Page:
JD.com closes 3.54% higher than offering price in Hong Kong debut
By Chen Yurong
The second-largest e-commerce player in China, JD.com Inc., debuted today in Hong Kong with its secondary listing. At the end of the trading day, its shares closed 3.54 percent higher than offering price, down about 2 percent from its opening price.
The top tech firm became the third U.S.-listed Chinese firm that carried out the "homecoming" secondary listing in Hong Kong. Last November, JD.com's titan rival Alibaba Group pioneered the practice under the new regime of the Hong Kong stock exchange.
Last week, Chinese internet giant NetEase launched its dual listing in Hong Kong, leading the "homecoming" dual listing trend this year.
JD.com's stocks were priced at 226 Hong Kong dollars per share, which enables it to raise 30 billion Hong Kong dollars (3.9 billion U.S. dollars) in the listing, by offering 133 million shares – representing 4.3 percent of the total shares outstanding in the listing, trading in 50 shares per round lot.
The listing also offers underwriters an over-allotment option, better known as "greenshoe," which allows underwriters to oversell the offering to clients by an additional 15 percent of the offering size and is often seen as the price stabilizer of new shares. If the greenshoe is executed, the fundraising target will rise to about 4.45 billion U.S. dollars.
The listing day, June 18, is also the mid-year shopping feast in China that normally generates huge revenues for e-commerce players.
JD.com raised 1.78 billion U.S. dollars when it listed on the Nasdaq in New York in 2014. Its share price closed at 62.01 U.S. dollars on Wednesday trading, lifting its capitalization to 91.69 billion U.S. dollars.
Analyst positive about JD.com's long-run performance
"JD.com jumped nearly 6 percent at the beginning and almost reached her corresponding U.S. stocks' price level. It's quite surprising as the Hang Seng Index dropped around 1 percent at that time," Jason Chan, CFA and head of Research at Hong Kong-based uSMART Securities Limited, told CGTN.
"For the whole trading day, it gained about 4 percent, which is a bit disappointing when comparing to NetEase and Alibaba. In general, I am still positive towards JD.com's performance in the long run, providing the company is able to speed up the change in her core business model and increase the proportion of the advertising revenue," Chan said.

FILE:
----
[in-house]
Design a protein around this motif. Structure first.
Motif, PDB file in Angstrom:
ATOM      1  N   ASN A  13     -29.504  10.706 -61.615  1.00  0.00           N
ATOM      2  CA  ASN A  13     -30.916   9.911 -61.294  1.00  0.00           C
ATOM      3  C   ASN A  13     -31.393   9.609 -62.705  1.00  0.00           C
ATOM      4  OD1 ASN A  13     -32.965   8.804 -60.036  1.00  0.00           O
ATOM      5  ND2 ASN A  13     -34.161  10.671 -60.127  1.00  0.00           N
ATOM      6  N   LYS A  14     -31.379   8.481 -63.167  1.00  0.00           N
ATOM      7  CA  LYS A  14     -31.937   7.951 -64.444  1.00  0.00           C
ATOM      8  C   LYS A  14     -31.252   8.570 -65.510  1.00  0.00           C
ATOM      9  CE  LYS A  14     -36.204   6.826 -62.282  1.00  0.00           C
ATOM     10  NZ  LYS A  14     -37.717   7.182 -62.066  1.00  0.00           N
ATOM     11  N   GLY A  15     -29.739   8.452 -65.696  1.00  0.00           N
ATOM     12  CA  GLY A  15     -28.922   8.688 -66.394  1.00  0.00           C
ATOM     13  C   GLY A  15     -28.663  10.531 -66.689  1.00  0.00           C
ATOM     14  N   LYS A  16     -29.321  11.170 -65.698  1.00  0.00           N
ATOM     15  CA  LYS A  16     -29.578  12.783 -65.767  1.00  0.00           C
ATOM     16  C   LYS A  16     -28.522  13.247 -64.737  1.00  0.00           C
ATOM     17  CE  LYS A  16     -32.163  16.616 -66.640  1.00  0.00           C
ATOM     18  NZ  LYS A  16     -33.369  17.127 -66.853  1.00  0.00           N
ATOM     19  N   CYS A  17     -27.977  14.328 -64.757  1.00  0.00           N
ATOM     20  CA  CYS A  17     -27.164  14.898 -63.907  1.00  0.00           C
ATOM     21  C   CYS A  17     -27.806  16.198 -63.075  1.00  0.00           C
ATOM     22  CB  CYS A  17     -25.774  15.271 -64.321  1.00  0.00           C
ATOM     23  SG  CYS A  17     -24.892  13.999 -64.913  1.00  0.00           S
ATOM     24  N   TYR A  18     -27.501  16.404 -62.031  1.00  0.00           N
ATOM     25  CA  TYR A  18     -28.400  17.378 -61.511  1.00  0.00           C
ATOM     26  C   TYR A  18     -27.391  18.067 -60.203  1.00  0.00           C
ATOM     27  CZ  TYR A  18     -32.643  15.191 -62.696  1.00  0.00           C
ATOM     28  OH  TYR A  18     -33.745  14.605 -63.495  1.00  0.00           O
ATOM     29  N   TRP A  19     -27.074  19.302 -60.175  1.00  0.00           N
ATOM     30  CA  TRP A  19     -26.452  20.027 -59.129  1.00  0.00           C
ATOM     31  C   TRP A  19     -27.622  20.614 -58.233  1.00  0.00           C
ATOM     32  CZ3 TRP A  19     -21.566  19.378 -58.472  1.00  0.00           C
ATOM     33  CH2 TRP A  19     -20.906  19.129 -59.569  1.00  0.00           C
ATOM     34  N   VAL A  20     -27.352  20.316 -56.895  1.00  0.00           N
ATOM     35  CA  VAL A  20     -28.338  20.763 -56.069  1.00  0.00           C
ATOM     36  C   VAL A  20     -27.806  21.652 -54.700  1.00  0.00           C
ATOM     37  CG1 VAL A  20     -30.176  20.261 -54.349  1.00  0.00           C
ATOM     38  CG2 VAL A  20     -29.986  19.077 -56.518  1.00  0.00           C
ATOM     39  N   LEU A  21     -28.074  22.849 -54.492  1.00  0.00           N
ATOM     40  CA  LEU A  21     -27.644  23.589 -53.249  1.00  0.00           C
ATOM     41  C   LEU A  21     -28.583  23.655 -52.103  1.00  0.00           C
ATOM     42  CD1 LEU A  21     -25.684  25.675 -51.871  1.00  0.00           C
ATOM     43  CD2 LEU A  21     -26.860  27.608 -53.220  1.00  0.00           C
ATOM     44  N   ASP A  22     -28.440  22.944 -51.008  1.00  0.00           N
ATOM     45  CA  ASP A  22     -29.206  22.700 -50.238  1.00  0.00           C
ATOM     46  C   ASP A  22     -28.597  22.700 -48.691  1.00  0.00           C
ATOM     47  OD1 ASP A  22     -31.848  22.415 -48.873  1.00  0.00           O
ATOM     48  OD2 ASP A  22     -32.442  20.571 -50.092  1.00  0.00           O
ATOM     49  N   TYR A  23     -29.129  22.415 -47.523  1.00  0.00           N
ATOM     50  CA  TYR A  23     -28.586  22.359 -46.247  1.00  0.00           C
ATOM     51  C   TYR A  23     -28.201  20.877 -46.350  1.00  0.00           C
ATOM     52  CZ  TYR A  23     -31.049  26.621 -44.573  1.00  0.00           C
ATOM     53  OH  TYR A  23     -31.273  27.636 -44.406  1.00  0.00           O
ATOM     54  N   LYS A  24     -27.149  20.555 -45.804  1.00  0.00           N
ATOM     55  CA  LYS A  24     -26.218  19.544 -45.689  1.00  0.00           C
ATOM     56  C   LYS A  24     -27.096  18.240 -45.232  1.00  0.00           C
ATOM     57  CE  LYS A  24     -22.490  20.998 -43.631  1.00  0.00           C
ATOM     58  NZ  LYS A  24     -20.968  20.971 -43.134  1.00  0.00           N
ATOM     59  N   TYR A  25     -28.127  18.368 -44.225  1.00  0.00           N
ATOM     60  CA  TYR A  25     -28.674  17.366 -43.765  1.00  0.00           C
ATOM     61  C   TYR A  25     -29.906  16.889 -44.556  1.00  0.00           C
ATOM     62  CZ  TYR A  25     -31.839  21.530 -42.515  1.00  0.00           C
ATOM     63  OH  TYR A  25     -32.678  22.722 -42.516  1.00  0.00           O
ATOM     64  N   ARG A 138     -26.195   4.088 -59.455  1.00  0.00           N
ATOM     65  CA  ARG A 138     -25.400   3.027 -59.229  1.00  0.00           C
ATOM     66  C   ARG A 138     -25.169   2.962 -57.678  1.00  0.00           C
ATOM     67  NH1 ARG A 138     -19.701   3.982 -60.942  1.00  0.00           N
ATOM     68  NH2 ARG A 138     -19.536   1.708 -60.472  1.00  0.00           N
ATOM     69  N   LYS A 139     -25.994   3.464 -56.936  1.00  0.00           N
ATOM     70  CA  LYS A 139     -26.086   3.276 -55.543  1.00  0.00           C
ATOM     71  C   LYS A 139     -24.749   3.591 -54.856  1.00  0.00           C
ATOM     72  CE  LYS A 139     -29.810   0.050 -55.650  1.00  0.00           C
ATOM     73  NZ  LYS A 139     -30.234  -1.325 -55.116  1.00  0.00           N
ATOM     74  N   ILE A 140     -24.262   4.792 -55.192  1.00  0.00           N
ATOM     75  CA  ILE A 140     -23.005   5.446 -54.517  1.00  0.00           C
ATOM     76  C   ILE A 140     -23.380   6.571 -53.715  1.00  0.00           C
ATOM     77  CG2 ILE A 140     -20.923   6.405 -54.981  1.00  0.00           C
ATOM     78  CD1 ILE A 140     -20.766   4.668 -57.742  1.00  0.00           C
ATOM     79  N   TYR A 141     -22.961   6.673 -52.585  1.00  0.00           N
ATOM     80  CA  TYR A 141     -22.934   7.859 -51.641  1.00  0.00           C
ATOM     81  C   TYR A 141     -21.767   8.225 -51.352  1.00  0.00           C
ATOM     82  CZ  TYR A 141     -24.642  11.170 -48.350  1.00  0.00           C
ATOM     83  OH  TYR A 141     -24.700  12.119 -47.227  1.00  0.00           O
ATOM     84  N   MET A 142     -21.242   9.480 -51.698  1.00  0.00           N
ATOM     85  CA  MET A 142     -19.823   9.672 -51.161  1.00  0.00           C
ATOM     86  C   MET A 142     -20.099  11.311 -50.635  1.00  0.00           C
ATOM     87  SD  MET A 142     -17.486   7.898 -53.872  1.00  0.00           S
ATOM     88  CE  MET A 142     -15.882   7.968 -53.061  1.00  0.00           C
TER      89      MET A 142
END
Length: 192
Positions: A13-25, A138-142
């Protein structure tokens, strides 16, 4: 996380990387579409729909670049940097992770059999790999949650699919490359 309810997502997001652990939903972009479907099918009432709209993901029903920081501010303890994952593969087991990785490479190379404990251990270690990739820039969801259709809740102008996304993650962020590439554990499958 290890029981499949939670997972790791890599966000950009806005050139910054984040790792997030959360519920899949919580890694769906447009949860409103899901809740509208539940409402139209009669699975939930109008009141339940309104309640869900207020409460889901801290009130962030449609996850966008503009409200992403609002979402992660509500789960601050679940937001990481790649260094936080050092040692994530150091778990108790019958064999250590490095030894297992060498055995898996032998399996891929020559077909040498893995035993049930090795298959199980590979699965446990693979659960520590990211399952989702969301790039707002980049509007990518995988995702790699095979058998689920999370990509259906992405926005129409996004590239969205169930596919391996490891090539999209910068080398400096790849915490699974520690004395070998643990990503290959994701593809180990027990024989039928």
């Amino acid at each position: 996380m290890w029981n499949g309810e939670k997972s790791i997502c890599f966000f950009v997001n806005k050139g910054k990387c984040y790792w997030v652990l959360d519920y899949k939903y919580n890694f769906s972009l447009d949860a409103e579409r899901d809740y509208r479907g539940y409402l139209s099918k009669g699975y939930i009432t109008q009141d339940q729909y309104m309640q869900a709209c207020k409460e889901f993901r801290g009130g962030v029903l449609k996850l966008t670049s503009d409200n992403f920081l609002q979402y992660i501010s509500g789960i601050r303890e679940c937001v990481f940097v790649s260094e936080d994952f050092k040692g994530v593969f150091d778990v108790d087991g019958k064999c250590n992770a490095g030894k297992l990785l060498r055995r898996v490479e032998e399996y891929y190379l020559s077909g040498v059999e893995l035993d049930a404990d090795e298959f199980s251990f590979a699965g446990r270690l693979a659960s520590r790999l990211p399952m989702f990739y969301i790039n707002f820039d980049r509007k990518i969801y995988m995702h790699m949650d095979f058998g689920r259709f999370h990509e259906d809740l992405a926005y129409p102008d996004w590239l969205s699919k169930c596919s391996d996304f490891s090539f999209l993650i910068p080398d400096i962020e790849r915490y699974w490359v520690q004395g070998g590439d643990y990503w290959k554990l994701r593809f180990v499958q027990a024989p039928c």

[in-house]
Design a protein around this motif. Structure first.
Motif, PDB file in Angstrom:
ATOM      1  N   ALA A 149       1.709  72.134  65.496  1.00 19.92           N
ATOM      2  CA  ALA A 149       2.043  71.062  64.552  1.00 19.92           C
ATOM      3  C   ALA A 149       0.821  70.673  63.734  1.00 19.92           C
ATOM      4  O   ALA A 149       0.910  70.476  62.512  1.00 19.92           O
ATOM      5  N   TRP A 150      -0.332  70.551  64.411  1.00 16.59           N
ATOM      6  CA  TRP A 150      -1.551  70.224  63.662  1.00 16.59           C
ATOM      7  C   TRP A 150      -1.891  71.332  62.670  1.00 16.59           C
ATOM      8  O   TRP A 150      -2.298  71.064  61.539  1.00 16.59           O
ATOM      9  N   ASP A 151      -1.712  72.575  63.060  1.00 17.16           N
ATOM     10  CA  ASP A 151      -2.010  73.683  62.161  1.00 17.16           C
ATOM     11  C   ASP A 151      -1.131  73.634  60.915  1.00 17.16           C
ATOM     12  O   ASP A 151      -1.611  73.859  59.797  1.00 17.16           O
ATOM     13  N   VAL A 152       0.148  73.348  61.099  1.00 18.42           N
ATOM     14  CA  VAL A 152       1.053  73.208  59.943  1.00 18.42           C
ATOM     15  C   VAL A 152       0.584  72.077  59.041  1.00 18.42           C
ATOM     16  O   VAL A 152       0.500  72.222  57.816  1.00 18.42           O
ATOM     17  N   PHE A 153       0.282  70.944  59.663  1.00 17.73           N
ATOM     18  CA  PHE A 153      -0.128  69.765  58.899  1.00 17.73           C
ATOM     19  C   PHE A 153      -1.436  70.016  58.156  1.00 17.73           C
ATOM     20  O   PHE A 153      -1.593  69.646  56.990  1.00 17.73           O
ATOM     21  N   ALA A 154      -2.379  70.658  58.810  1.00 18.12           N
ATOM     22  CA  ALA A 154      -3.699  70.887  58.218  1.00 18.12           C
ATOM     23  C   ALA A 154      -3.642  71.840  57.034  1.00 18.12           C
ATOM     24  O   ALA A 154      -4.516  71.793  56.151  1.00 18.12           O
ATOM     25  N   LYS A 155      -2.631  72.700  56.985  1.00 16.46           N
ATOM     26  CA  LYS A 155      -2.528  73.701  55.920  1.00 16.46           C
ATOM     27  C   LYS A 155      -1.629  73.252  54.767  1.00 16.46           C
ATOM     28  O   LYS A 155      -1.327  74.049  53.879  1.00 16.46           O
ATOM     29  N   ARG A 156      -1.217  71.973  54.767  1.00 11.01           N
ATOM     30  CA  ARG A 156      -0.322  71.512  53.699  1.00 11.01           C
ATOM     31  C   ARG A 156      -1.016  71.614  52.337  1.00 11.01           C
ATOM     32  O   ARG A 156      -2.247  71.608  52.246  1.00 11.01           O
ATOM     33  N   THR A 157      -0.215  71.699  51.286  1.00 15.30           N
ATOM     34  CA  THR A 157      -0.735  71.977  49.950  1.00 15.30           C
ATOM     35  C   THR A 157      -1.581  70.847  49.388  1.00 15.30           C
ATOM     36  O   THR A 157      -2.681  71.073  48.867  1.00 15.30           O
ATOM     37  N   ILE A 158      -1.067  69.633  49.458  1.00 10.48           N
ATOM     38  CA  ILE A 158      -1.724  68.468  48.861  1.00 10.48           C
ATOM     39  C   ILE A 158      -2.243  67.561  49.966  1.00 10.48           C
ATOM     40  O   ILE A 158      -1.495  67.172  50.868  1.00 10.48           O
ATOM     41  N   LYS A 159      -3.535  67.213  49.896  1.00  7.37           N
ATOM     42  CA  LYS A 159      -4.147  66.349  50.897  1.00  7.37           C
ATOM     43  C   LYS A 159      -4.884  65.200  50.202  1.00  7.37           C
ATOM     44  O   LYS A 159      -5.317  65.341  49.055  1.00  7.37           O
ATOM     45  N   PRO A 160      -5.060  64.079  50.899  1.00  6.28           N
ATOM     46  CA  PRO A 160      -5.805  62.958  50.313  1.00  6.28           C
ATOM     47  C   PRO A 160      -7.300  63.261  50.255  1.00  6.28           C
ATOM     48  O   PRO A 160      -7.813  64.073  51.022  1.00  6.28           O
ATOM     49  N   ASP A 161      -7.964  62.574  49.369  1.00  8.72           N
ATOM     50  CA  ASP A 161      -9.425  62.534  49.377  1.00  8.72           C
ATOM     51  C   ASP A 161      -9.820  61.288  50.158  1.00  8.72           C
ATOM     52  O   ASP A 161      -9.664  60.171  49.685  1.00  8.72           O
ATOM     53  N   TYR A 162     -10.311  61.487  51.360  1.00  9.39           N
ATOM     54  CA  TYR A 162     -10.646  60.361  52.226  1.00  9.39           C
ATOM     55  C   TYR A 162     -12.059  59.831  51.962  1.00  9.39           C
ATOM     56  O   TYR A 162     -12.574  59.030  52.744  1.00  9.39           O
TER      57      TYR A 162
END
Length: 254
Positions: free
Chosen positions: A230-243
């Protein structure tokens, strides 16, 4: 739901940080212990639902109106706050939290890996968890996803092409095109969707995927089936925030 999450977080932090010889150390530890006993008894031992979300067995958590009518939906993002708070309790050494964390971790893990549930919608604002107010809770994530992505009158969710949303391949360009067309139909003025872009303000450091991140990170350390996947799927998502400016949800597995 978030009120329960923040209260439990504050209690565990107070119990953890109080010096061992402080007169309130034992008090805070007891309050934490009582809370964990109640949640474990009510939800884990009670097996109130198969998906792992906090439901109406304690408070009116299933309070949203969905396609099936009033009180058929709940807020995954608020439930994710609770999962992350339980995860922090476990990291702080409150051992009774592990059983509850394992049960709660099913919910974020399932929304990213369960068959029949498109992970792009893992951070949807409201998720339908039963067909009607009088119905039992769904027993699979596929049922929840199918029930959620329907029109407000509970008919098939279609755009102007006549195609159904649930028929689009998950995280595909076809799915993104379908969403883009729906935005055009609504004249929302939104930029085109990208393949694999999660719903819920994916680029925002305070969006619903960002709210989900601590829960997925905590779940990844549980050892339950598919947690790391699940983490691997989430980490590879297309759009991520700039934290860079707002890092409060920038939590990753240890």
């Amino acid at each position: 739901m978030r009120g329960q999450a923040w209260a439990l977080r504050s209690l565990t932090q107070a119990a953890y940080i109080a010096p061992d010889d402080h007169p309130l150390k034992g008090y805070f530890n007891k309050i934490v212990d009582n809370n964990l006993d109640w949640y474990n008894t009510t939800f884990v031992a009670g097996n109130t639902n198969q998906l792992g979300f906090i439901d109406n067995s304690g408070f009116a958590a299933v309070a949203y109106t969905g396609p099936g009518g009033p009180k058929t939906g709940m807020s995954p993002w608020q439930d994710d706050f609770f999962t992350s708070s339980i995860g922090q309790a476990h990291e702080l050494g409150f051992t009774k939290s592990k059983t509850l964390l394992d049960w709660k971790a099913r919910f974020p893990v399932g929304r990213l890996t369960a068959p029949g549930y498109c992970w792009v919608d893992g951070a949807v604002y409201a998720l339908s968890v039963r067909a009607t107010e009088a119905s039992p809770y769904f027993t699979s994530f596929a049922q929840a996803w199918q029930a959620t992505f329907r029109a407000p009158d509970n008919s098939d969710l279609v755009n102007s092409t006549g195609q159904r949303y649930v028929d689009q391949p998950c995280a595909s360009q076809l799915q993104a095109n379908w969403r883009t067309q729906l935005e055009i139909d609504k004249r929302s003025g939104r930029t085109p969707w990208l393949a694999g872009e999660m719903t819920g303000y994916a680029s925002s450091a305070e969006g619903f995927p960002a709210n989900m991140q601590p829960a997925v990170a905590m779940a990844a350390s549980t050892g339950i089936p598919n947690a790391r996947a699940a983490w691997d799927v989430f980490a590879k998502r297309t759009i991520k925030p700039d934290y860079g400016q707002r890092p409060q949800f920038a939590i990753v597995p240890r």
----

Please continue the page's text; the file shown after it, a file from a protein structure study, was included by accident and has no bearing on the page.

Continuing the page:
Competitiveness of the HKSE
Speaking about why big names of U.S.-listed Chinese tech firms are lining up to list back in Hong Kong, Chan said that "Hong Kong and its stock market has certain competitive advantages over the global peers," and Hong Kong can provide a more convenient and user-friendly trading platform for Asian institutional and retail investors.
"Especially for the Chinese investors, they could read the IPO prospectus in the same language and do the transactions with the same time zone. These advantages could definitely boost the liquidity of the transactions," he said.
Additionally, Hong Kong has carried out several reforms and modified the listing rules in the previous years. Such measures can substantially increase Hong Kong's competitiveness over its global peers.
Chan illustrated that companies with the weighted voting rights structure, such as Alibaba Group and NetEase, were allowed to go listing in Hong Kong after the changes.
Moreover, these returning companies are eligible to be included in the Hang Seng Index, as well as have the potential to be incorporated into the southbound purchase list of the Shanghai Shenzhen Hong Kong stock connect mechanism.
"This could attract more and more active and passive funds to capture the relevant stocks," Chan said.